To fight urinary incontinence, avoid excess alcohol, stay hydrated, and try Kegel exercises to strengthen your pelvic floor. If problems continue, ask your doctor what medications are available.

6. Urinary tract infections

During menopause, some women are at risk to experience more urinary tract infections (UTIs) due to low estrogen levels and changes in the urinary tract.
If you feel a frequent urge to urinate, or if you feel a burning sensation when urinating, consult your doctor. Your doctor may ask you to have a urine test and recommend you antibiotics.

7. Decreased libido

Physical changes caused by the low estrogen levels can reduce the sex desire during menopause. These changes can delay the clitoral reaction time, or slow the orgasmic response and vaginal dryness.

8. Vaginal atrophy

Vaginal atrophy is a condition occurs as a result of reduced estrogen production and manifested by thinning and inflammation of the vaginal walls. The condition can make you feel less interested in sex, and cause you feel pain during intercourse. Over-the-counter (OTC) lubricants or prescription treatments that include localized estrogen therapy, such as an estrogen cream or a vaginal ring, are beneficial for treating this condition.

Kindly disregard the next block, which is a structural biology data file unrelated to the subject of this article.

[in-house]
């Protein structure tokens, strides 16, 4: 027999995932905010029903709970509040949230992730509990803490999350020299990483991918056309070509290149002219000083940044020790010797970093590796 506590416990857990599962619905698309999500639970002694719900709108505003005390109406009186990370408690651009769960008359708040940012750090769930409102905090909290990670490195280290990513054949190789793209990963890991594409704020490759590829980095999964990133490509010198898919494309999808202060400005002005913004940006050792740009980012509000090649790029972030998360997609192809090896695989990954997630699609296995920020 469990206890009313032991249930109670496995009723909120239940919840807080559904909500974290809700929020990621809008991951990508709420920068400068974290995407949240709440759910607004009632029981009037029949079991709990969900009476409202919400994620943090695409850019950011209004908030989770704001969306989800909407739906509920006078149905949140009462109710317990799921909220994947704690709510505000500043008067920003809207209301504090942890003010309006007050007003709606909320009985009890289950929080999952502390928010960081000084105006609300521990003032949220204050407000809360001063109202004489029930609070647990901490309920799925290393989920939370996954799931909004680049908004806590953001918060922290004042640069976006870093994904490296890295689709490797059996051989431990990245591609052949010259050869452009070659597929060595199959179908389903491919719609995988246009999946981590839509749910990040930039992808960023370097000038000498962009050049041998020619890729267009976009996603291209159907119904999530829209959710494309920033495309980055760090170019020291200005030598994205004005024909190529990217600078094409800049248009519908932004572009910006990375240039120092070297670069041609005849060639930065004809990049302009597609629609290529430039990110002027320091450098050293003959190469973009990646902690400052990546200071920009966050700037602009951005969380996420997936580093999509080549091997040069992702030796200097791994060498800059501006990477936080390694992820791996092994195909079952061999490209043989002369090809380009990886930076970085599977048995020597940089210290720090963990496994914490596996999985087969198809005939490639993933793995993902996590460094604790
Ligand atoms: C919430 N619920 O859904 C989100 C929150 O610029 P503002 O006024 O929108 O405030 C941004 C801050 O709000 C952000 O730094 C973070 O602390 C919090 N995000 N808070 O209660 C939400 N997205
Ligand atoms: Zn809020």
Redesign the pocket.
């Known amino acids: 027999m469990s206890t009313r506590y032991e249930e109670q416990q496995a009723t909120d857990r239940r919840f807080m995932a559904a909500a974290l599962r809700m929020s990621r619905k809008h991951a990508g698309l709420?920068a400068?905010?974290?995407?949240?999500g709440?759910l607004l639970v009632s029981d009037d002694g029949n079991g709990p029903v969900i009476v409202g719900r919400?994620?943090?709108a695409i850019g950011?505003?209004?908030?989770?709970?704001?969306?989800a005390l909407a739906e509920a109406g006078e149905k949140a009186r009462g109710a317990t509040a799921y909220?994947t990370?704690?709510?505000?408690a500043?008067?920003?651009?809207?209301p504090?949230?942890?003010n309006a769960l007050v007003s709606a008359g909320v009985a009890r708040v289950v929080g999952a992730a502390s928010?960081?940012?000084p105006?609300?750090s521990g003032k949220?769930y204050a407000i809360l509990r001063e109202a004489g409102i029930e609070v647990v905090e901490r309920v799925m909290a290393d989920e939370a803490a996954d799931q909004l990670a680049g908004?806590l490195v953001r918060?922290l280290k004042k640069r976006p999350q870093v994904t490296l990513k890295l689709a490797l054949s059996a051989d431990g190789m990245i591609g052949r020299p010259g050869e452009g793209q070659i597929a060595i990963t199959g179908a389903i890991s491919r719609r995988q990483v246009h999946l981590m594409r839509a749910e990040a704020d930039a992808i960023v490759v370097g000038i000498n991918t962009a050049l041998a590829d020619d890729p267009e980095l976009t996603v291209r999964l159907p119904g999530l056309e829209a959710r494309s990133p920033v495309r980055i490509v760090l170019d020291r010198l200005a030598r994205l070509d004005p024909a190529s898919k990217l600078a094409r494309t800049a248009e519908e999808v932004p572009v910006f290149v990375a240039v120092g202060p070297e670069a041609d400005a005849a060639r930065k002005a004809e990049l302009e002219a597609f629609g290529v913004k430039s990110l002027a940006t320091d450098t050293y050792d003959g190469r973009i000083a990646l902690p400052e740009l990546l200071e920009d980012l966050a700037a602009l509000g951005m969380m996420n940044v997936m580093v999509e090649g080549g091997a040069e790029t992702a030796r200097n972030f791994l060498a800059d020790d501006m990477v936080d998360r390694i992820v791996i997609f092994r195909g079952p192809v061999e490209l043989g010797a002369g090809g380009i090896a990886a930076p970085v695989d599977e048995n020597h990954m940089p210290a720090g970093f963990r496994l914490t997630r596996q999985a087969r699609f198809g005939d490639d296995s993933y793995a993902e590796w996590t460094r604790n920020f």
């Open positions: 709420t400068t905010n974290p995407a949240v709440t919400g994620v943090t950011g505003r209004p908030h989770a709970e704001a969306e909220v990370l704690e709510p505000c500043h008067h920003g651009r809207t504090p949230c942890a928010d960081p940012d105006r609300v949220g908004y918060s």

9. Depression and Mood Swings

Feeling depressed, moody, and irritable can occur as a result of changes in the hormone production during menopause. Taking deep breath, focusing on relaxation and exercising can help you reduce your stress level.

10. Changes in the skin, hair and other tissues

Changes in the skin, hair and other tissues are experienced when you get older. Lack of fatty tissue and collagen will make your hair dryer and thinner, and will affect the elasticity and lubrication of the skin near your vagina and urinary tract. Low estrogen levels can lead to hair loss or make your hair feel brittle and dry. Do not use harsh chemical hair treatments as can damage your hair even more.